Legal News & Views

  • Two coronial inquests make findings about unconscious racism

    For Reconciliation Week, a reflective discussion on two significant recent coronial inquests where the families of the deceased asked the coroner to make finding about unconscious bias or racism. Yorta Yorta woman Tanya Day died after sustaining serious head injuries in a Victorian police cell in 2017, and Naomi Williams, a pregnant 27-year-old Wiradjuri woman, died of sepsis in hospital in regional NSW in 2016. Aboriginal and Torres Strait Island peoples should be aware that this program and website contains images and names of people who have passed away and that traumatic events will be described.

  • Covid-19 emergency responses for witnessing wills and redundancy payouts. And a win for traumatised US Facebook content moderators

    Three states are now allowing virtual witnessing of wills. How does that work? Also how redundancy payments negotiated with Covid-19 affected employers? And, in a world first, Facebook pays $US52 million to content moderators who have been traumatised by sifting through distressing social media material.   &nbs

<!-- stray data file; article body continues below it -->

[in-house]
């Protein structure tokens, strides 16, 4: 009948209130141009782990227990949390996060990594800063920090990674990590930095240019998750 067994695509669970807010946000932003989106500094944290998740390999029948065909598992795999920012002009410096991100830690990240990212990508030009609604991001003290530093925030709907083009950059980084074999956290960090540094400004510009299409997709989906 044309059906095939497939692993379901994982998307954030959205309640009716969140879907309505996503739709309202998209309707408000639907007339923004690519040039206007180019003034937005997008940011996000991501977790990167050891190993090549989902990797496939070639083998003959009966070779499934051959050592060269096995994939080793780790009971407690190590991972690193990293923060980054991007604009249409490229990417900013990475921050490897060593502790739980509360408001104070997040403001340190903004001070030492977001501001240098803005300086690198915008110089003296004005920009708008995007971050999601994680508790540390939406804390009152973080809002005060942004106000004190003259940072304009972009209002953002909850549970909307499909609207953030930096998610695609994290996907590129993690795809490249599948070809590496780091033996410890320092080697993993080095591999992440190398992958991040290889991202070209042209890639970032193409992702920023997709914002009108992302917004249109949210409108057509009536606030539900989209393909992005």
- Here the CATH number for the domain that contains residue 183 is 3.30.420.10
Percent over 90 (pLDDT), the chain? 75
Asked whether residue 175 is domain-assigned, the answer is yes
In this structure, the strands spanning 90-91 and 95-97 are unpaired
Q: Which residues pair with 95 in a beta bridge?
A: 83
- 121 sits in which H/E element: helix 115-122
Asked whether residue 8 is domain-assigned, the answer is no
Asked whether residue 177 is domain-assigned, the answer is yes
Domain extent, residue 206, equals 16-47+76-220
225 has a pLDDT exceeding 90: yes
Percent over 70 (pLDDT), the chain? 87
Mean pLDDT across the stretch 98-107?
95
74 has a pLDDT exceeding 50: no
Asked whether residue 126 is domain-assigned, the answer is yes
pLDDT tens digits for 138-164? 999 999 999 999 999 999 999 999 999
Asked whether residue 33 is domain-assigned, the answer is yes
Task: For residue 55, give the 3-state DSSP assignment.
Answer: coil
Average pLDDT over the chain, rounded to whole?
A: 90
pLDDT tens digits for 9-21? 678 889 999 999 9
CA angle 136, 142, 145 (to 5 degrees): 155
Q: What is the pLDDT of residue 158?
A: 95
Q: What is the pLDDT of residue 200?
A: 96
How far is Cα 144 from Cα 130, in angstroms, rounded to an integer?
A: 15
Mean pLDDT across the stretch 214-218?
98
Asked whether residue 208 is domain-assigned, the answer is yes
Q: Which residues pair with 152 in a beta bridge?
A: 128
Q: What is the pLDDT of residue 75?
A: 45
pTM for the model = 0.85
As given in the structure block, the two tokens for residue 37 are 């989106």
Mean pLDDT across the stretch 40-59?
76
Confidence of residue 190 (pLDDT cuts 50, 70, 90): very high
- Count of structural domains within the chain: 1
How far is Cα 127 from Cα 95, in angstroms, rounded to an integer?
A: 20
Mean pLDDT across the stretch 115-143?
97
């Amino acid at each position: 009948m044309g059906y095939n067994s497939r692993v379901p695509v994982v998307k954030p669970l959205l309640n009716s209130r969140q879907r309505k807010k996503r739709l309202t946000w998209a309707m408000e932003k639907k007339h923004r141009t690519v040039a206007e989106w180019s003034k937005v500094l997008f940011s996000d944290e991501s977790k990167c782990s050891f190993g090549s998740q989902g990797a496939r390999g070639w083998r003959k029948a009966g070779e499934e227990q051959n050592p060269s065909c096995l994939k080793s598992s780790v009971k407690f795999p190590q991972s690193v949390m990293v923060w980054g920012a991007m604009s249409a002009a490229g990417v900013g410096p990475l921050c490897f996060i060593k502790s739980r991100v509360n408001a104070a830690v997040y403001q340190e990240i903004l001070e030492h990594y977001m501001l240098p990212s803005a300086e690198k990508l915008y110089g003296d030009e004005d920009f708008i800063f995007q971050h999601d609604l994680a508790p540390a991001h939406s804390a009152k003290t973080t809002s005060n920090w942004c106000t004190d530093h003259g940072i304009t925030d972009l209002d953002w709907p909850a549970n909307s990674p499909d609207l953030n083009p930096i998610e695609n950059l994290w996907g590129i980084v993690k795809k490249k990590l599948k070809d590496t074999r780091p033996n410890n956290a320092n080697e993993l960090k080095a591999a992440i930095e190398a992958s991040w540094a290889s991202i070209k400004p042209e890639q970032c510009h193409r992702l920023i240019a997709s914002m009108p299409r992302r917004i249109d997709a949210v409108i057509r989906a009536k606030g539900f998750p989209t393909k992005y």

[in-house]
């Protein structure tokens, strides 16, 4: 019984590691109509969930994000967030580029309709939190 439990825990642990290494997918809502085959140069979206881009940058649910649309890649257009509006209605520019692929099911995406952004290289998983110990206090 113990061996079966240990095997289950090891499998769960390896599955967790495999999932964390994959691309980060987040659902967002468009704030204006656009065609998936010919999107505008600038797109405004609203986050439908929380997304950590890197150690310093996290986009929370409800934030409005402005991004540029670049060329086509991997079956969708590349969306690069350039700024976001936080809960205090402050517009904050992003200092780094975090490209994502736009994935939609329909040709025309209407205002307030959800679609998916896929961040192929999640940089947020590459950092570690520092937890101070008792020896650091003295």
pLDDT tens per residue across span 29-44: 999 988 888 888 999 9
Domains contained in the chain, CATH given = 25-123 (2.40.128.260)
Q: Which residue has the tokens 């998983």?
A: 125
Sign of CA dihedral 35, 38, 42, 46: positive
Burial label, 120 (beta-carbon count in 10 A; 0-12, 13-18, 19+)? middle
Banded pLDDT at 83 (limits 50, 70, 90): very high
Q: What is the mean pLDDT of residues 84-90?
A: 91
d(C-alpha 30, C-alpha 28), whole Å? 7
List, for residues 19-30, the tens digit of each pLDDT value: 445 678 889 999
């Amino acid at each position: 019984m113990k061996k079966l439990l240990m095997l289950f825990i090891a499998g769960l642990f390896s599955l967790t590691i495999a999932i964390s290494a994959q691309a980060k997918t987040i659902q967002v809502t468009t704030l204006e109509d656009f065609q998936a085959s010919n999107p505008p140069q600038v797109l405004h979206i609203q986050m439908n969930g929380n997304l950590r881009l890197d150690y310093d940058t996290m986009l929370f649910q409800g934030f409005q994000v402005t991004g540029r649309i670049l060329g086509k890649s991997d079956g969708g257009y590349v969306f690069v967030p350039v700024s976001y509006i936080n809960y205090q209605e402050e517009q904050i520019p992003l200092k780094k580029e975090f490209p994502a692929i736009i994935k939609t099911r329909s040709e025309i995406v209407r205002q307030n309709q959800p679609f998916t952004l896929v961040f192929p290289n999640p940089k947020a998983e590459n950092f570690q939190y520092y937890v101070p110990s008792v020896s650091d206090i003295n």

• Covid-19 public health rules and the police

    As we begin to emerge from isolation we will all still need to continue to comply with safe physical distancing rules. As the rules change, we will need to adjust. How have we, and those that enforce the public health rules done so far?

  • Introducing Section 71: High Court cases that changed Australia
  • Prisoners, drug users, the homeless and Covid-19